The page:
Gerbz: This is now my third sort of bull cycle that I’ve been through. And whether or not we’re in a bear market cycle now or in crypto winter now is still kind of up for debate. Maybe to the end of the year, if we continue this kind of downslide I would definitely consider it being over but I’m not sure that’s happened yet. And, you know, something I see every cycle is, you know, my phone blows up when the price starts going up. And like our Discord group at Bitlift, it blows up with so much chatter and all this action, and everyone’s really excited. And the second they start losing,

Dan: Who’s buying now?

Gerbz: Yeah. This is when you make the money, you make money when it’s down, when everyone’s scared. People, they’re afraid to even look at their portfolio. There’s a couple months where they’re just refreshing like crazy. And then they have a few down days and they don’t even look at it anymore. That’s when you realise that’s what separates the people who succeed in crypto versus the ones that don’t. The people that stick it out have this kind of longer time horizon. And, when they see the price going down, they’re more excited than when it’s going up because now they can buy more of it. And that’s the true flipping, so to speak of this mindset of like kind of how to be in crypto.

Dan: Gerbz Thanks for joining us on the pod.

Gerbz: Always fun.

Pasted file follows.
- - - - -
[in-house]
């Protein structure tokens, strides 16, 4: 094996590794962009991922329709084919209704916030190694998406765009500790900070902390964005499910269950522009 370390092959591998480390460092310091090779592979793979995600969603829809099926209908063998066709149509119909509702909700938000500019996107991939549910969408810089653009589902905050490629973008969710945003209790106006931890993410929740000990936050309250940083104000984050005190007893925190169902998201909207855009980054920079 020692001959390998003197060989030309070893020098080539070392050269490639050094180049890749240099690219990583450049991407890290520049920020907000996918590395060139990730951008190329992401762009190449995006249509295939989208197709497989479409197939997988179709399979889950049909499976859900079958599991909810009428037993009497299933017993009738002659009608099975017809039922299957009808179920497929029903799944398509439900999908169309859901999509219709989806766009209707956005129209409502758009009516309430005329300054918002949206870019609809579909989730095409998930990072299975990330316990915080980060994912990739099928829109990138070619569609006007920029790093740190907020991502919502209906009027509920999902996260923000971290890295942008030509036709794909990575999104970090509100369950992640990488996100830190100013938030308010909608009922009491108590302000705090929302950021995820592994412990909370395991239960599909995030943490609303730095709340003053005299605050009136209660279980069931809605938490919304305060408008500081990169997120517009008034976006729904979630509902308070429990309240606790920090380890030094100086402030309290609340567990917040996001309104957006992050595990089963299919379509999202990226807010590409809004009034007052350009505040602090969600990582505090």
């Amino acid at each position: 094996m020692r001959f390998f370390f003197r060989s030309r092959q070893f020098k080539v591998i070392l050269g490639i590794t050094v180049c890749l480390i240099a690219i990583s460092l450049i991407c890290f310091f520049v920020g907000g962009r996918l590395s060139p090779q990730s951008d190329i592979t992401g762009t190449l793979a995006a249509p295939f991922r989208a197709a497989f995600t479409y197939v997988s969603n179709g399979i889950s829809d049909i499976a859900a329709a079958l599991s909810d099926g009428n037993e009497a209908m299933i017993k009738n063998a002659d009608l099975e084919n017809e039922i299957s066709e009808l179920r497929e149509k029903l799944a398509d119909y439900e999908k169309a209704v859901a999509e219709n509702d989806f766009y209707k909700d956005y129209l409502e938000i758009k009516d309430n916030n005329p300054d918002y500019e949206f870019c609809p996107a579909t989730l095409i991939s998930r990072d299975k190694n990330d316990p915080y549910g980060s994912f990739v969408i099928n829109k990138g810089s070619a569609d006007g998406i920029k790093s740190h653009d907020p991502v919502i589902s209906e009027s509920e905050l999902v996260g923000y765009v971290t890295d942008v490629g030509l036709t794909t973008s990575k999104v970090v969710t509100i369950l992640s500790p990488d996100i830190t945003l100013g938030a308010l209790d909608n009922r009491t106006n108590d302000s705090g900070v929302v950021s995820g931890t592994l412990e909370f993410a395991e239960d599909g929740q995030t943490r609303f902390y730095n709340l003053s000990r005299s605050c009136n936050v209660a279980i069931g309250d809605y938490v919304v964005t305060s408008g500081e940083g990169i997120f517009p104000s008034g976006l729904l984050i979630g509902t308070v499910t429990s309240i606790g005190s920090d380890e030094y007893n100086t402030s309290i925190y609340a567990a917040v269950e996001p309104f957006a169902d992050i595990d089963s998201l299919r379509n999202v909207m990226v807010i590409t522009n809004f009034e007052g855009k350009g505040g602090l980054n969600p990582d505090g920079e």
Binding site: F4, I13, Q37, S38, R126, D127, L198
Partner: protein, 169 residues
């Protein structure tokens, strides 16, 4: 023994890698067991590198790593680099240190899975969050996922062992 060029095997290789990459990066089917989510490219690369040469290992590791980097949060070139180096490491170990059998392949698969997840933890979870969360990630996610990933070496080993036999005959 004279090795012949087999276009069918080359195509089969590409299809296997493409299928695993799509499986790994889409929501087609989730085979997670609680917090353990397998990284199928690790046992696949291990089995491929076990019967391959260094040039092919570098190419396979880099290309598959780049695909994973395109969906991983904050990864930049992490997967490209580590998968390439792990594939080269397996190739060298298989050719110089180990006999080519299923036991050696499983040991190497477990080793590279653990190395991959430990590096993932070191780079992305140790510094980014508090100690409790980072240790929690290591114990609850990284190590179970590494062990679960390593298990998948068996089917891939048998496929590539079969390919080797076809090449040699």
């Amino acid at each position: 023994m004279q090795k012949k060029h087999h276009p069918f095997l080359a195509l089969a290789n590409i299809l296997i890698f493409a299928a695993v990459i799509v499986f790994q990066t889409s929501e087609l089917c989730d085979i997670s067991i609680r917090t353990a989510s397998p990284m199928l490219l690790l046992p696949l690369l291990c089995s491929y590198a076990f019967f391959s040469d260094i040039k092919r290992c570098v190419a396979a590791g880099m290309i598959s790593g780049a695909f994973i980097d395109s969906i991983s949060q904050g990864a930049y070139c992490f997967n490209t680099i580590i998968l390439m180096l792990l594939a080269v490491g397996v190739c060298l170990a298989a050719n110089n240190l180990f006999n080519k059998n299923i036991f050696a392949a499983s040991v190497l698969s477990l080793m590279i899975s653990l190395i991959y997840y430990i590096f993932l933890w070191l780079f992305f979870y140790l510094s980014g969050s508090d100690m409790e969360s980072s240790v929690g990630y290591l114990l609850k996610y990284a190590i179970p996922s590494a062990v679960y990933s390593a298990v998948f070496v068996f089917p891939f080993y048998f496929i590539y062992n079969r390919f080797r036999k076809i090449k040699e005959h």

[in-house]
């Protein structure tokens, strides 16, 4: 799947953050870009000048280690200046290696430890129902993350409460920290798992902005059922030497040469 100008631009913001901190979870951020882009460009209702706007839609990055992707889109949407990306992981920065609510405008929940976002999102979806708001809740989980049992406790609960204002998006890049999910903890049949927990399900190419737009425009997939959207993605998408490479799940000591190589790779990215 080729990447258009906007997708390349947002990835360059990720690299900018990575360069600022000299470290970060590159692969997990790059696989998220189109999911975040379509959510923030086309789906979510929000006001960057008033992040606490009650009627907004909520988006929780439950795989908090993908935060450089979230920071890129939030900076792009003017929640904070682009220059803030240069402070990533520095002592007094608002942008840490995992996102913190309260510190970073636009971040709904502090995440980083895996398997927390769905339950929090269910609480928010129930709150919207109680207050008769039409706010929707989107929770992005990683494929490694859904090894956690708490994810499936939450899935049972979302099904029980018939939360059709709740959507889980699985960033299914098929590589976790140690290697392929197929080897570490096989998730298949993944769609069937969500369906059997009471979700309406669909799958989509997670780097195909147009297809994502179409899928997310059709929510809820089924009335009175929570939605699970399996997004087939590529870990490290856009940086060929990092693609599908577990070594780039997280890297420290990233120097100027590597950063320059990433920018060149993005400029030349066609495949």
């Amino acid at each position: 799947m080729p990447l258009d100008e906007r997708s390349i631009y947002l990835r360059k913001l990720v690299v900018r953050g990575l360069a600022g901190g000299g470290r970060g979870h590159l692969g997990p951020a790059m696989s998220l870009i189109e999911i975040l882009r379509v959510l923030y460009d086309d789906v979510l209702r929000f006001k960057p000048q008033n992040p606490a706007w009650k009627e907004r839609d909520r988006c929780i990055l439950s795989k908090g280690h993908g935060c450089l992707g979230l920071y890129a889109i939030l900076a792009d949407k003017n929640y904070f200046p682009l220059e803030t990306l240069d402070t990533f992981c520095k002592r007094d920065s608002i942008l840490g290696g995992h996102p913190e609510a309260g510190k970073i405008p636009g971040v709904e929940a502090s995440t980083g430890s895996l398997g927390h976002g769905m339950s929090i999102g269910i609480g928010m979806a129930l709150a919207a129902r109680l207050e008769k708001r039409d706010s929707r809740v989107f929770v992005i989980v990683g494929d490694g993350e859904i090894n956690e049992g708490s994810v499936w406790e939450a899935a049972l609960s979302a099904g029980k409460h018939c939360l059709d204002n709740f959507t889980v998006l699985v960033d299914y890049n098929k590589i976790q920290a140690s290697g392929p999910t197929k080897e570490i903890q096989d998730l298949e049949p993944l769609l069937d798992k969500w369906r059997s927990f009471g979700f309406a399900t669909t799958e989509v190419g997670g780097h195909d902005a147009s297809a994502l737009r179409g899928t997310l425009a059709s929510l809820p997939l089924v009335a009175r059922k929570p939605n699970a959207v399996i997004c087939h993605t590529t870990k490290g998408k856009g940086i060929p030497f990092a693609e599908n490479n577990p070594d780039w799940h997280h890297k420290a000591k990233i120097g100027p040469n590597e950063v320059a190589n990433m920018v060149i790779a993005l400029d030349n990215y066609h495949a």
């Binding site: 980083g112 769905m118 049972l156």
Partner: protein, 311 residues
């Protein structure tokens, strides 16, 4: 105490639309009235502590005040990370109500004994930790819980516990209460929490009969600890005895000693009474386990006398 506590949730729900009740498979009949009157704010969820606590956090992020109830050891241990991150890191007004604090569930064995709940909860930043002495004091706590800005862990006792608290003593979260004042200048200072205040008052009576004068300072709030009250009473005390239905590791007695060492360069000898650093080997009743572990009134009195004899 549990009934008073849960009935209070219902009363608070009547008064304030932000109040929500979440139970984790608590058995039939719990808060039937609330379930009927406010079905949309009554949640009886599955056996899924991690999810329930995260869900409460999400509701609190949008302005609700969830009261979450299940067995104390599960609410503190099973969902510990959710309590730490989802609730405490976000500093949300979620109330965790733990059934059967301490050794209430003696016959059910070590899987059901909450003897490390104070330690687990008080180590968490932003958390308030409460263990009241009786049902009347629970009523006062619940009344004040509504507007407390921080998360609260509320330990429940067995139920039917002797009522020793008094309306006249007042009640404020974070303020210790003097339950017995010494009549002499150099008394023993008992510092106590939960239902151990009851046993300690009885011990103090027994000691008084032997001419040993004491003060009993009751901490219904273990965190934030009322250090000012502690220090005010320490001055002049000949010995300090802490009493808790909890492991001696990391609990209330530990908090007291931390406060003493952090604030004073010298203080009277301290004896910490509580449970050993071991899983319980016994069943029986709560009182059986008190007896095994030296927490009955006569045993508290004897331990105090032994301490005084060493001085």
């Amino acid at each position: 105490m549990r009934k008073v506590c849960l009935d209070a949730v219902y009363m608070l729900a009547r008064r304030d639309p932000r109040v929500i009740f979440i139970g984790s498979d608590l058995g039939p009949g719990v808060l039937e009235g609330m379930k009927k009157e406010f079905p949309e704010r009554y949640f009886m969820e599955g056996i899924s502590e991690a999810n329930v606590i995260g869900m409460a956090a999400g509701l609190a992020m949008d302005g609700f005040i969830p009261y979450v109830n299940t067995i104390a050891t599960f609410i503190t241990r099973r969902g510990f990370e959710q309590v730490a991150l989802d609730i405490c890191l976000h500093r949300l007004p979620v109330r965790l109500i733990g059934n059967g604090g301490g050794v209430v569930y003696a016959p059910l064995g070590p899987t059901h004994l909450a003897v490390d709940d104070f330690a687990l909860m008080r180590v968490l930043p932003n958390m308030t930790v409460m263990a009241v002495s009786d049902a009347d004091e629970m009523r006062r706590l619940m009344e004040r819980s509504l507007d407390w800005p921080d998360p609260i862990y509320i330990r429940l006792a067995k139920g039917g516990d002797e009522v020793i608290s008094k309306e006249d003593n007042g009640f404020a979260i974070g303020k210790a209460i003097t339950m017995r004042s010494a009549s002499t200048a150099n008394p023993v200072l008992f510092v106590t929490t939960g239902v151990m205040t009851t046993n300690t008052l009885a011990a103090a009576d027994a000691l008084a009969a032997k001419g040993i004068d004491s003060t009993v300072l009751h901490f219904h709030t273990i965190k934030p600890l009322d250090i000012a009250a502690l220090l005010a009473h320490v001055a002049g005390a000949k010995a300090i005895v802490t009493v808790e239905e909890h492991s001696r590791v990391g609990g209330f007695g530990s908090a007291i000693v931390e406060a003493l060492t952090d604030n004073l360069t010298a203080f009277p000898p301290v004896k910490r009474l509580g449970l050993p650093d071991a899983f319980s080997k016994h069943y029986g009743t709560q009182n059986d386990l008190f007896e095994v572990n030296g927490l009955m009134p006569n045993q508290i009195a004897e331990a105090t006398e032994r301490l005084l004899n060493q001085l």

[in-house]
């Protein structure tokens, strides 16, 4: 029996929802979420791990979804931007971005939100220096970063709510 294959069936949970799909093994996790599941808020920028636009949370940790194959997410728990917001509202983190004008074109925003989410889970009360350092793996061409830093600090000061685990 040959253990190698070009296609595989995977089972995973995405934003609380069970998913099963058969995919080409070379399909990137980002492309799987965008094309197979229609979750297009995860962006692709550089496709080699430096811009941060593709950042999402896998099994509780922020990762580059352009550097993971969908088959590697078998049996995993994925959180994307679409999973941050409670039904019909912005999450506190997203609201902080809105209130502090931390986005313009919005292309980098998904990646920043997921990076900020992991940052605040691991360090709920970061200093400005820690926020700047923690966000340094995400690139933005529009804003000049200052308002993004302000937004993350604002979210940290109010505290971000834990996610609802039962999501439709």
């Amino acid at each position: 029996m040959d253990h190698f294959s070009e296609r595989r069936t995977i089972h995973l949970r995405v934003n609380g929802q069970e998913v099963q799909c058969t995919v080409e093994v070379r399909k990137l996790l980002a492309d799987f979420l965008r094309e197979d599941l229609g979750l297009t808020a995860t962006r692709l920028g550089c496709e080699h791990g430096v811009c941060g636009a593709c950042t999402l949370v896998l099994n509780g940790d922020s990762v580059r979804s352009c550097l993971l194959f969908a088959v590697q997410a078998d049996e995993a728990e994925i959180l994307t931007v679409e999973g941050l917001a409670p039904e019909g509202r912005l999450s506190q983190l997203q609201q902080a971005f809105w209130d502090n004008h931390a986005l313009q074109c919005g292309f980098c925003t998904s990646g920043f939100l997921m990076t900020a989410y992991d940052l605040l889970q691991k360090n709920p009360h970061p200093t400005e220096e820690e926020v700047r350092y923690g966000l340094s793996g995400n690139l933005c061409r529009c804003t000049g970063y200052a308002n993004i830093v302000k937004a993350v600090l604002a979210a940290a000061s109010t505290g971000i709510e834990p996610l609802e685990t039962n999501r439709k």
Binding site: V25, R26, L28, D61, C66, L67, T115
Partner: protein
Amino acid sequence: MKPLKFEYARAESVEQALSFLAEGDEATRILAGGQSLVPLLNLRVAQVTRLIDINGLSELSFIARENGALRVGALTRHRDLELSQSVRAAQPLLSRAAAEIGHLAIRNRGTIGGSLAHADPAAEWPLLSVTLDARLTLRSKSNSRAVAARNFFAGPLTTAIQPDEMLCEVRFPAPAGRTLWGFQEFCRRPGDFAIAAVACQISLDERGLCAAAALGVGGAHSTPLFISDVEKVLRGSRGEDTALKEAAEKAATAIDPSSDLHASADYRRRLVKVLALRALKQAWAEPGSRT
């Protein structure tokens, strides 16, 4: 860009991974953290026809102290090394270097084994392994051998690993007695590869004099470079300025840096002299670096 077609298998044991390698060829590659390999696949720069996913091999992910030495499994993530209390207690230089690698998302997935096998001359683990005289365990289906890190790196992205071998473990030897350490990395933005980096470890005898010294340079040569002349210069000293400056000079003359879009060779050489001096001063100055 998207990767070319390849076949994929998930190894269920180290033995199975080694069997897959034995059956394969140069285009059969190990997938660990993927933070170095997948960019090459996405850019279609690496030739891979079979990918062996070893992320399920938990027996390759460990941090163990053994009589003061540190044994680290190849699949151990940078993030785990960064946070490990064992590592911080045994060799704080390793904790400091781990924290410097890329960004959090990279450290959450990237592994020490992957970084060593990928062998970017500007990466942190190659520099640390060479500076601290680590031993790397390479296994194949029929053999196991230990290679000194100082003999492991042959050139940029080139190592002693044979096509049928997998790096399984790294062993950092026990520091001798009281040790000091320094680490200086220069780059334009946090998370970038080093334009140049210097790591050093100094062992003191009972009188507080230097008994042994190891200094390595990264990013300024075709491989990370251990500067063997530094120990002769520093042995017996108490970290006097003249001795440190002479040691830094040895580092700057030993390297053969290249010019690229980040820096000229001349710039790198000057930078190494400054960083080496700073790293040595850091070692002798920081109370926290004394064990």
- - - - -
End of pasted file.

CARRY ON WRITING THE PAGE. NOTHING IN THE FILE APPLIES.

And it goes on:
Dan: Big shout out to Gerbz for dropping by the show today. It’s cool just to hear people’s views. Sometimes with crypto, it has a tendency to stoke up very personal and vitriolic attacks, which is a shame because it’s so interesting. But maybe that’s just the reality with these disruptive moments. And when everybody can have an opinion about everything sometimes it’s tough to stay productive. But that’s definitely what we’re striving for here on the pod. And you know what? That’s part of the appeal too. It’s interesting, really thought provoking stuff. Go ahead, drop us a comment. Let us know your views. Email us directly if you got something that you’d like us to cover. Our producer’s email is Jane at tropical mba dot com and mine is Dan at tropical mba dot com. One final reminder here Gerbz has a new podcast Bitlift starting this week. Check that out at www dot Bitlift dot com and he’ll also be hosting a crypto meetup at our very own DC Mexico City event in October. That’s for qualified location independent business owners. If you’re interested in attending, you can always email me. I can send you over to someone who can share with you the details and as Gerbz is a regular valued contributor at DC events and our DC forum. I thought to play us out I just asked him why. And that’s it for this week. We’ll see you next Thursday morning. 8am New York City time.

Gerbz: I like having a good excuse for an adventure every year. And I think the DC events are that for me, usually Bangkok this time of year. But I use that as a launch off point for something else also. The last Bangkok event, we went to Australia for a couple of weeks beforehand, and then hopped over to Bangkok. And then home. This year, we’re gonna go down to Mexico City. And then we’re looking at some beach towns, maybe hanging at the beach after. I like to travel. And I like adventure, but also like seeing a lot of people and travelling with people and connecting with people in different parts of the world. So I enjoy having these two parts to my trip. The first part is kind of business and reconnecting and connecting with people. And then the second half is a little bit more fun and adventure.